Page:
Flying Officer Arthur Geoffrey WAITE MID

Service No: 406817
Born: Cheltenham WA, 27 October 1910
Enlisted in the RAAF: 26 April 1941
Unit: No. 100 Squadron, Tadji New Guinea
Awarded the Mentioned in Despatches (MID)
Died: Air Operations (No. 100 Squadron Beaufort aircraft A9-650), Milak New Guinea, 13 March 1945, Aged 34 Years
Buried: Lae War Cemetery, PNG
CWGC Additional Information: Son of Arthur Francis and Alice Mary Waite; husband of Gwendoline Winnifred Waite, of Bullsbrook, Western Australia.
Roll of Honour: Perth WA
Remembered: Panel 105, Commemorative Area, Australian War Memorial, Canberra ACT
Remembered: Cenotaph Undercroft, State War Memorial, Kings Park WA

MID Citation: “Flight Sergeant Waite has served in No. 6 Squadron as an observer from 30 August 1942, until 10 June 1943, and has completed 332 hours of operational flying. He has participated in 62 sorties, including six strikes which were made over areas in close proximity to Japanese fighter bases. He has at all times displayed outstanding skill, courage and devotion to duty and his keenness to engage the enemy is in the highest traditions of the service.”

On 13th March a Beaufort of No. 100 Squadron (captained by Flight Lieutenant Fowler) exploded in mid-air over a target at Maprik West, killing the entire crew. Six Beauforts led by Wing Commander Conaghan, commanding officer of No. 100 Squadron, were in the strike and Fowler’s aircraft was seen to explode as it released its bombs. Three days later Conaghan led six more Beauforts on a strike and another aircraft, captained by Squadron Leader Philip Alexander Dey (402853), blew up in similar circumstances over the target.

Extract from Odgers, G. (George) Air War Against Japan 1943-1945, Australian War Memorial, Canberra, 1957 – Page 342

At each point the army was close enough to indicate the target by mortar. No. 100 Squadron followed in immediately on Maprik West where the target was again mortared by our land forces.  It was here we lost another of our old crews. Flight Lieutenant Jack Fowler, Flying Officers Geoff.
Waite, navigator, both West Australians; Frank Smith and Jack Shipman, went in on their 94th strike in Aitape operations, and 30 days off the completion of their tour. Also the Wing lost Major Ralph Hopkins (sic), air liaison officer of the army, who was with the crew. The major had often flown on bombing strikes. Flying Officer Waite, whose father was with the first AIF at Gallipoli, saw the early part of the New Guinea war from the navigator’s seat of a Hudson bomber and was mentioned in despatches. Fowler had been a hard working pilot throughout the several big engagements that fell to No. 100 Squadron in the earlier part of the Aitape campaign.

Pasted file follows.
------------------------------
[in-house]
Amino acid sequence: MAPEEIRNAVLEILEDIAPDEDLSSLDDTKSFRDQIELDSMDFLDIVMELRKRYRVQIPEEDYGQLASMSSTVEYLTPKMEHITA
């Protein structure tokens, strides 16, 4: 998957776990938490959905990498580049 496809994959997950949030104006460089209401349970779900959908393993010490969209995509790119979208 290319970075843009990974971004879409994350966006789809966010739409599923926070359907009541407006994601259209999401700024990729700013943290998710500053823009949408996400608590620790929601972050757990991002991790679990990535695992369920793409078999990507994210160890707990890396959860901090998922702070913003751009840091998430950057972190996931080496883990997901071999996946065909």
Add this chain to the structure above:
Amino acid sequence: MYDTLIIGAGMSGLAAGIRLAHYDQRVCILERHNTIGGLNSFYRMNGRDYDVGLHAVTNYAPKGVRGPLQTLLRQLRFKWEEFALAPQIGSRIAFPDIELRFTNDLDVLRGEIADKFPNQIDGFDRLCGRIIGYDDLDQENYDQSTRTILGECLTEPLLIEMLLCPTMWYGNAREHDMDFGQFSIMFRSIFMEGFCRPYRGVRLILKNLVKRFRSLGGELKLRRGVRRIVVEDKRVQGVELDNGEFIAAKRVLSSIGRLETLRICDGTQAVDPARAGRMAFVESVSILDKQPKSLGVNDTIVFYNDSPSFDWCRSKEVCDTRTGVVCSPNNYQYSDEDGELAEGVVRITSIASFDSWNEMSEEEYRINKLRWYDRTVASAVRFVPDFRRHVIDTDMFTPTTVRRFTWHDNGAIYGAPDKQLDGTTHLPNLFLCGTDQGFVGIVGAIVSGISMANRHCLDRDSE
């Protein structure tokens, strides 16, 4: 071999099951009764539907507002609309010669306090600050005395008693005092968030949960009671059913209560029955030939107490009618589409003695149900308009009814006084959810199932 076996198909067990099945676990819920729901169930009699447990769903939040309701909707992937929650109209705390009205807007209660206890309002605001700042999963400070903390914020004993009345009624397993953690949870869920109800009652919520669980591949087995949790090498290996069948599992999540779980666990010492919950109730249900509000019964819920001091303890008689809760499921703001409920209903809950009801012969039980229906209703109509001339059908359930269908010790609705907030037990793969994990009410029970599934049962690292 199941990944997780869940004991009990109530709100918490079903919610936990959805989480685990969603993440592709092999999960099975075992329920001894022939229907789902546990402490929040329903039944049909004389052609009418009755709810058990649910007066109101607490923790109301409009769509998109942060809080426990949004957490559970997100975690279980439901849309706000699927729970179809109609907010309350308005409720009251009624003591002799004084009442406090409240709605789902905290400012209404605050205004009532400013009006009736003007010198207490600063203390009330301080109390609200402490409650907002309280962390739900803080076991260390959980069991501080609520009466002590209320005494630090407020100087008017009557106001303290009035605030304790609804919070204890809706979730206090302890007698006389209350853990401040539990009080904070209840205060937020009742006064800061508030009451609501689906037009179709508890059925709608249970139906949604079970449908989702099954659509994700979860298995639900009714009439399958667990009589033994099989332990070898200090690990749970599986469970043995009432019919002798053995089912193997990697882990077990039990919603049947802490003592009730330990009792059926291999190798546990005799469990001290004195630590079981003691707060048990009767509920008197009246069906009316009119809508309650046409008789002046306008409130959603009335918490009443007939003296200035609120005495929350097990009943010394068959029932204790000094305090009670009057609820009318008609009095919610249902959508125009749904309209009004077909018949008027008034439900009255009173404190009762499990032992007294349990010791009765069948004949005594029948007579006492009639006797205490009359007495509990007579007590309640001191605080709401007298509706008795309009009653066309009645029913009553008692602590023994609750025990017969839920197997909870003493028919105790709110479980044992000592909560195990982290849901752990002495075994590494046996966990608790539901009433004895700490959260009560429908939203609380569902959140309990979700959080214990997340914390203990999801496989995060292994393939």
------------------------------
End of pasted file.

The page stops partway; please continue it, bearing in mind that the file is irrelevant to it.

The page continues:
Extract from Graham, B. (Burton) and Frank Smyth, A Nation Grew Wings: The Story of the RAAF Beaufort Squadrons in New Guinea, Winterset House Publishers Melbourne VIC, 1946 – Pages 233-4

The crew members of A9-650 were:

Flight Lieutenant Harry John Fowler (415636) (Pilot)
Flight Lieutenant John William Shipman (422085) (Wireless Air Gunner)
Flight Lieutenant Francis Owen Smith (422062) (Wireless Air Gunner)
Flying Officer Arthur Geoffrey Waite MID (406817) (Navigator Bomb Aimer)


Australian War Memorial Roll of Honour On-Line Records
Commonwealth War Graves Commission On-Line Records
Department of Veteran’s Affairs On-Line WWII Nominal Roll
National Archives of Australia On-Line Record A9845, 264


Wilson, S. (Stewart) Beaufort, Beaufighter and Mosquito in Australian Service, Aerospace Publications Weston Creek ACT 2611, 1990

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